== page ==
The snow has been falling, the wind blowing, and the rain pouring down onto Nottingham – of course this can only mean its spring. It has been a while since I took a visit to the university lake, and despite the recent strange weather, it is like somebody has waved a wand over the lake, transforming it while I have been home for Easter. The black headed gulls that were so numerous have vanished and taken with them the grey and drab cloth that swamped us over winter. In every corner of the lake a nest has risen out of the water to host a coot family that is soon to arrive. Some new arrivals on the lake who looked like something crafted by the devil himself, and a slightly older friend from last term I was a delight to meet again too. Everything is happening on the lake, and I can’t wait to see what may happen next!
|the Eurasian Coot, very proud of her nest in the scummy corner
of the lake
While I felt quite privileged being able to watch this one nest so close, it was not long before I realised coot nests had popped up all over the lake. All along both sides of the lake the water is quite shallow, meaning nine nests in total were made all along the banks of the lake. There was one nest amongst the willow tree branches where the twigs could easily be bundled together, held by the long fingers of the willow branches like a leafed cage around the home. Another had been dumped in a slightly unexpected place, amongst the scurvy and scummy remnants of rubbish, twigs and slime. The gentle currents in the lake pushed surface debris to this south corner of the lake, perhaps making it easy to gather nearby items quickly, before it would be broken down by the slow running water.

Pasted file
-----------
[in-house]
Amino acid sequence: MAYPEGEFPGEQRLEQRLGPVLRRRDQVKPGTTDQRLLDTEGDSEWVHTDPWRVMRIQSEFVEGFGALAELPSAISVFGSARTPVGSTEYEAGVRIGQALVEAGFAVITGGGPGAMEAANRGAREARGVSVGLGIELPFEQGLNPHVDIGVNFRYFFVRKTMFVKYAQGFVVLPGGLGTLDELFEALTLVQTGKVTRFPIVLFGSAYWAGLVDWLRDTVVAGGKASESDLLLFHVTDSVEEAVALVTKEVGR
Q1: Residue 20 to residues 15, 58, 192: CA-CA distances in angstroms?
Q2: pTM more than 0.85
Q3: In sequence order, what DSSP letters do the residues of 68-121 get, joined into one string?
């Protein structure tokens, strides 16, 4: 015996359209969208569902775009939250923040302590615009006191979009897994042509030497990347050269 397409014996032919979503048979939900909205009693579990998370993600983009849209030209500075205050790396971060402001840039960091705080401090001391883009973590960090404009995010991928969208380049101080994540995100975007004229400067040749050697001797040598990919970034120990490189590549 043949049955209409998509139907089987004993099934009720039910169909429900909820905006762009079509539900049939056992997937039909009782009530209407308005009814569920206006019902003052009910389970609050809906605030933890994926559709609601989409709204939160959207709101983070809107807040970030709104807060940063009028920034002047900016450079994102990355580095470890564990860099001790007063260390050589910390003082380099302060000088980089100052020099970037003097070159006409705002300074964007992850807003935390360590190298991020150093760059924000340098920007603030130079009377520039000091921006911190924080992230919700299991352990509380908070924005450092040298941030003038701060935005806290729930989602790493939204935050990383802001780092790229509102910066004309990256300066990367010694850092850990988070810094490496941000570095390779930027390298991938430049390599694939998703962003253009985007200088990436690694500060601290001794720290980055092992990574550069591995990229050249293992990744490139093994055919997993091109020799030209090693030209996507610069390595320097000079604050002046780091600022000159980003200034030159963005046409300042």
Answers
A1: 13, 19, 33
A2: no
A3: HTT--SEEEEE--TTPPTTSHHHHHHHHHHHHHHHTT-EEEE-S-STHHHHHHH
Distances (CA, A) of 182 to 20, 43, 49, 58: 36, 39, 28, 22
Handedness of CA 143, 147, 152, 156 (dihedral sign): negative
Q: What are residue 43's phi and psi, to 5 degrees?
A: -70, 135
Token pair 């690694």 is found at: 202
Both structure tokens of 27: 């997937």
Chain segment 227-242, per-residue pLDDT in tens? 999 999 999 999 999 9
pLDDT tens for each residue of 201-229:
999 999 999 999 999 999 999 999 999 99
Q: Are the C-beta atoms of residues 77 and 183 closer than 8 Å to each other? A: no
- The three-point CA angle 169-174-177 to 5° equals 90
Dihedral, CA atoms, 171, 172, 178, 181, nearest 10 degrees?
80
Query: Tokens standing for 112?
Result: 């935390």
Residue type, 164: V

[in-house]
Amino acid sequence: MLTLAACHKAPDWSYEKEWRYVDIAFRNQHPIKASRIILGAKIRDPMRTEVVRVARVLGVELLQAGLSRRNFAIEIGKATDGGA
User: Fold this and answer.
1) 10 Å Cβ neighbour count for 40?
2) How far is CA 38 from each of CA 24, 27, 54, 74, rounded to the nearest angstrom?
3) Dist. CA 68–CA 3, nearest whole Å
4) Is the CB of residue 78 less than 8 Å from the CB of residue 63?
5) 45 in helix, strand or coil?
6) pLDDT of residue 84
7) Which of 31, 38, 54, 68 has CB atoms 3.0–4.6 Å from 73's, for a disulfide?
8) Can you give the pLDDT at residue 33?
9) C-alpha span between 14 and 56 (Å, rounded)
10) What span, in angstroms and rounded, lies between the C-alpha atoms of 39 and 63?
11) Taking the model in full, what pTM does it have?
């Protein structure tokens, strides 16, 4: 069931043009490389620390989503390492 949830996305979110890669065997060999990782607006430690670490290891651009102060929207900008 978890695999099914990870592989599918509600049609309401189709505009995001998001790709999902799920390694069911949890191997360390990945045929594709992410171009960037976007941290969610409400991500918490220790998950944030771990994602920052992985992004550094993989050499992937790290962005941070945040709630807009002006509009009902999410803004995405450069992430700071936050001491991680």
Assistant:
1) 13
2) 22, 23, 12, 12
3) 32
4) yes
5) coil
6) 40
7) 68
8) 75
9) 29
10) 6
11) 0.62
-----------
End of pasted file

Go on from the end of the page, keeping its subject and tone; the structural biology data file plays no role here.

|The nest tucked into the bank of the lake, and the Coot pruning
her feathers in the rain
|believe it or not a family live here!|
|the ugly little chick next to an unhatched egg|
While I was happy to see the new arrivals, my heart leapt when I found a slightly older friend who I had met last term. I was concerned after walking most of the way around the lake and catching no sign of the Egyptian Goose family. My worries were set aside however, when then there he was, barely recognisable, a gangly and strange looking teenage chick, bumbling around on the boat ramp. The father was nowhere to be seen, as Billy (which I have now named him) is old enough to only need the care of one parent. The transformation that can happen in the space of a month is still hard to believe. The look of strength in his legs now was phenomenal, fully grown and just waiting for his adolescent body to catch up. His body was now half the size of an adult, and his proper juvenile feathers had come through. It was magical to see him from the fluffy little ball I had first met curled up in the sun. Through frosts, and wind, and snow, rain and sleet, this little chick had grown up so much and it was a wonderful thing to see.
|mother and chick, or now teenager|
|Billy looking very gangly – still has a lot of growing to do!|